BEIRUT, Lebanon — The Good Samaritan has a name. He was born in Lebanon 130 years ago, and his name is Jacques Haddad.
He’s better known to the poor and lowly here as “Abuna Yaacub,” Abuna being the Arabic word for “Father.”
Cardinal José Saraiva Martins, prefect of the Vatican Congregation for the Causes of Saints, came to Lebanon to beatify Abuna Yaacub June 22. He was assisted in the ceremony, which took place in Martyrs Square in downtown Beirut, by Cardinal Nasrallah Sfeir, patriarch of the Maronite Catholic Church.
“Father Haddad was born in 1875, in a small village, Ghazir, in the heart of the ‘Christian country’ in Lebanon,” said Father Salim Rizkallah, a Capuchin who knew Abuna Yaacub and, as vice-postulator, has been working on his file for the past 40 years. “A clever boy, he was sent to a Franciscan school near his village, then to Beirut, in the hope of his being a support for his father, Boutros.”
Those were uncertain days for Lebanon, officially under Ottoman rule, but actually benefiting from a special status of relative autonomy, which the Christian West took full advantage of by sending missionaries, opening schools and trading, especially silk. Education was a way out of poverty.
Boutros Haddad sent 18-year-old Jacques to find a job. But as the young man entered a Franciscan church, he saw a coffin where the body of a Capuchin priest, Father Gabriel of Bethlehem, lay, head resting on a hard bundle of vine shoots. There and then, he decided that he would be nothing other than a priest — and a Capuchin.
And that is what he became, though not without strong opposition from his father at first, but with the secret approval of his mother, Shams (“Sun”), a woman of prayer whose rosary beads never left her hand.
He went on to build a hospital for the mentally ill, another that has become one of the prominent hospitals in Beirut, a home for the elderly, a retirement home for priests, a retreat center, schools in many parts of Lebanon and orphanages.
In the 1930s, he founded the Franciscan Sisters of the Cross of Lebanon, an order that flourished in the country. The sisters serve in schools and hospitals, as well as in the pontifical embassies in Lebanon and Syria.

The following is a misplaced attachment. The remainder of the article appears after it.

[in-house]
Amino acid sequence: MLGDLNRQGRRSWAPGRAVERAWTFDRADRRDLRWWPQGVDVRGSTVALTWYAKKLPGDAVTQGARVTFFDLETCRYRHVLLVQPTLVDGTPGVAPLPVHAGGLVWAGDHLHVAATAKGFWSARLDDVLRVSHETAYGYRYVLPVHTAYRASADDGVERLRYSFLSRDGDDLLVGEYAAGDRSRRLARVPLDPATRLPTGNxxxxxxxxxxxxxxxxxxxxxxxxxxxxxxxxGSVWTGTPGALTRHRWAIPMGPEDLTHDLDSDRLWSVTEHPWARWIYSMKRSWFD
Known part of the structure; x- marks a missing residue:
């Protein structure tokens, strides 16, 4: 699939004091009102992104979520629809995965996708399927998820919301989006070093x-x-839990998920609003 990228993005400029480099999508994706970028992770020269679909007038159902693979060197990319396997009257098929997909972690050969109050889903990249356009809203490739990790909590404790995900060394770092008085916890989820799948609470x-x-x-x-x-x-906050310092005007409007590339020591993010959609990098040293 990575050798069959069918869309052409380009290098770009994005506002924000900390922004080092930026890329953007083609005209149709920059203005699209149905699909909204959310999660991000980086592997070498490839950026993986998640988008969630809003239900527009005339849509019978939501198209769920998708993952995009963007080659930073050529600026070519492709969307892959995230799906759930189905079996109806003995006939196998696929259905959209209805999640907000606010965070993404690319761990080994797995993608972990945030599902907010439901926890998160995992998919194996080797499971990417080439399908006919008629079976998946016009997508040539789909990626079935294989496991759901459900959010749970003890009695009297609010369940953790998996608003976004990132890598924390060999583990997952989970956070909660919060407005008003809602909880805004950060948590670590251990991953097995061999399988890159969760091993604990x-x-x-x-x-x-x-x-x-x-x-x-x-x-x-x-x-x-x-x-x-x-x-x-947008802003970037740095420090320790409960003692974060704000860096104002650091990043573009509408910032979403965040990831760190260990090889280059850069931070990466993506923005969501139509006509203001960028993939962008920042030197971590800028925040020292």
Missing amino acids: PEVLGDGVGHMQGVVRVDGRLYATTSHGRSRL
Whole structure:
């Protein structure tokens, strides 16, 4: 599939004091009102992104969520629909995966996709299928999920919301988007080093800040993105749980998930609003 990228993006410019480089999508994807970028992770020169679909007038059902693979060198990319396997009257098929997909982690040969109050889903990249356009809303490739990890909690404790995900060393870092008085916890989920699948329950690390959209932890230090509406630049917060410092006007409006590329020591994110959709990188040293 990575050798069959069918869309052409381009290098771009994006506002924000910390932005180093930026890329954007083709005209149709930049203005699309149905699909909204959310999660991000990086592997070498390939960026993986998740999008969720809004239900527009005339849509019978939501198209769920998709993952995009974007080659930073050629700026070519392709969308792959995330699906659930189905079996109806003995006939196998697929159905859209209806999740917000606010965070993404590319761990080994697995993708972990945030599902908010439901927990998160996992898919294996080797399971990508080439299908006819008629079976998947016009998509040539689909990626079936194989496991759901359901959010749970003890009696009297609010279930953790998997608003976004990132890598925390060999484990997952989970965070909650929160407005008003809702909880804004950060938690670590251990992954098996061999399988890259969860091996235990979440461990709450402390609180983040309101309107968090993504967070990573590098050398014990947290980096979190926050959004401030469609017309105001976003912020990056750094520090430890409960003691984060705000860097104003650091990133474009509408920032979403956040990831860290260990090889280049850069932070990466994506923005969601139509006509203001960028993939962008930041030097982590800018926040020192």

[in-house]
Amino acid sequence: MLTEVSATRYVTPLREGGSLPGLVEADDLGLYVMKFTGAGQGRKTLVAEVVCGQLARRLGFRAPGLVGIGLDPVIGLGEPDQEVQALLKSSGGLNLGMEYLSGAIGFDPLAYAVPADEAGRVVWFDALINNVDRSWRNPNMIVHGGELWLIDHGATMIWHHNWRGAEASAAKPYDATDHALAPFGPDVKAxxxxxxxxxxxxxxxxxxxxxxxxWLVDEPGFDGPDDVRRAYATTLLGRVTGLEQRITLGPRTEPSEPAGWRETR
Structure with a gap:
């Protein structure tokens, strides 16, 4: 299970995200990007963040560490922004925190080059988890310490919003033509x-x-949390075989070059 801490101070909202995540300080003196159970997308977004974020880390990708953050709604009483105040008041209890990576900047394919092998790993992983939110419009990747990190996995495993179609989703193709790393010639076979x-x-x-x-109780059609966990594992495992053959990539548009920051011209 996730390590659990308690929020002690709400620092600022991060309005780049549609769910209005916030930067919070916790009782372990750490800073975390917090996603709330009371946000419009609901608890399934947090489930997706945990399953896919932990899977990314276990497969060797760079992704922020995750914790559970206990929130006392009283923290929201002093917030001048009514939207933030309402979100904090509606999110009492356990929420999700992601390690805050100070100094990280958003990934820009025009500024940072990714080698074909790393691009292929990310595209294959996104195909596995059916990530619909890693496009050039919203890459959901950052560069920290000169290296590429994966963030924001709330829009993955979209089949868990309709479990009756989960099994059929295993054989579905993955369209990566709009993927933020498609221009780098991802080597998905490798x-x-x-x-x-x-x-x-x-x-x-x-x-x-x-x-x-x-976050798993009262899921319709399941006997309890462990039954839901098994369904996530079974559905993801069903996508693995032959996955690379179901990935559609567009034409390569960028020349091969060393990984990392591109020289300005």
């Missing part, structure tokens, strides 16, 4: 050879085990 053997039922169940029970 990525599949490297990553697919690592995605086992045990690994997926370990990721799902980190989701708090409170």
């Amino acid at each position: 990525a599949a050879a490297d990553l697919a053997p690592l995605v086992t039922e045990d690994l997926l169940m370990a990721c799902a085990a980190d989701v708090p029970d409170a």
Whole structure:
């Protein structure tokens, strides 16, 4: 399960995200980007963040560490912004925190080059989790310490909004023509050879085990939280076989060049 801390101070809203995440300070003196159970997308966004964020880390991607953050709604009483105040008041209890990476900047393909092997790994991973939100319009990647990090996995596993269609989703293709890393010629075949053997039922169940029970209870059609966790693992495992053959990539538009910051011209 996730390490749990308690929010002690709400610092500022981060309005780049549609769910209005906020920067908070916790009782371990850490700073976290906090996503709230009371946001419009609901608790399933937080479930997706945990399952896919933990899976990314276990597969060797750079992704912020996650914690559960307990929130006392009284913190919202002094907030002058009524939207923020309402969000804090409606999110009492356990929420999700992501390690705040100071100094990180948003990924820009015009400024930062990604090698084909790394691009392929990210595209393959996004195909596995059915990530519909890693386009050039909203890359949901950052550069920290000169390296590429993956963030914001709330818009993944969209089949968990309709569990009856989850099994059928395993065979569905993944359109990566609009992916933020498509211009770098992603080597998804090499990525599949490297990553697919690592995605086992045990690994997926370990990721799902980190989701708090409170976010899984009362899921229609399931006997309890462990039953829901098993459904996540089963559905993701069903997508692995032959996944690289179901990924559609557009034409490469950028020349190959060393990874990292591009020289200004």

A renowned preacher, Father Yaacub left more than 8,000 pages of homilies and letters.
A large part of the crowd of 100,000 at his beatification were “simple folk rendering homage to a man who had put them first in his thoughts and works,” said Father Fadi Daou, who teaches theology at the Jesuit Université Saint-Joseph.
The liturgical prologue of the ceremony included the reading of a short biography of the new blessed. “Born in Ghazir, on the 1st of February 1875, in a pious Maronite family … Jacques Haddad died on the 26th of June 1954, at 3 o’clock in the afternoon, at the age of nearly 80 years old,” said the notice.
Three o’clock in the afternoon is the “ninth hour,” when Jesus breathed his last on the cross, noted Father Rizkallah. Abuna Yaacub had placed his life under the sign of the cross.
The parable of the Good Samaritan was chosen as the Gospel reading, another symbol with which the life of Father Jacques was associated.
At a time of rising food prices, the parable pointed to the good use of money, a topic to which many faithful were sensitive, as they applauded the Maronite patriarch’s comments on the reading, and the trust Abuna Yaacub placed in Divine Providence as “a bank that never goes bankrupt.”
Said Patriarch Sfeir: “When he was asked about his account books, Abuna Yaacub answered: ‘I keep nothing in reserve. All the money I receive, I spend on my poor.’”
Mother Marie Makhlouf, superior of the order he founded, recalled one of Abuna Yaacub’s favorite sayings: “If you only knew what the poor really represent on earth, you would be serving them on your knees.” It’s a quote that earned the Capuchin the distinction of being considered the “Lebanese St. Vincent de Paul.”
Fady Noun is based in Beirut, Lebanon.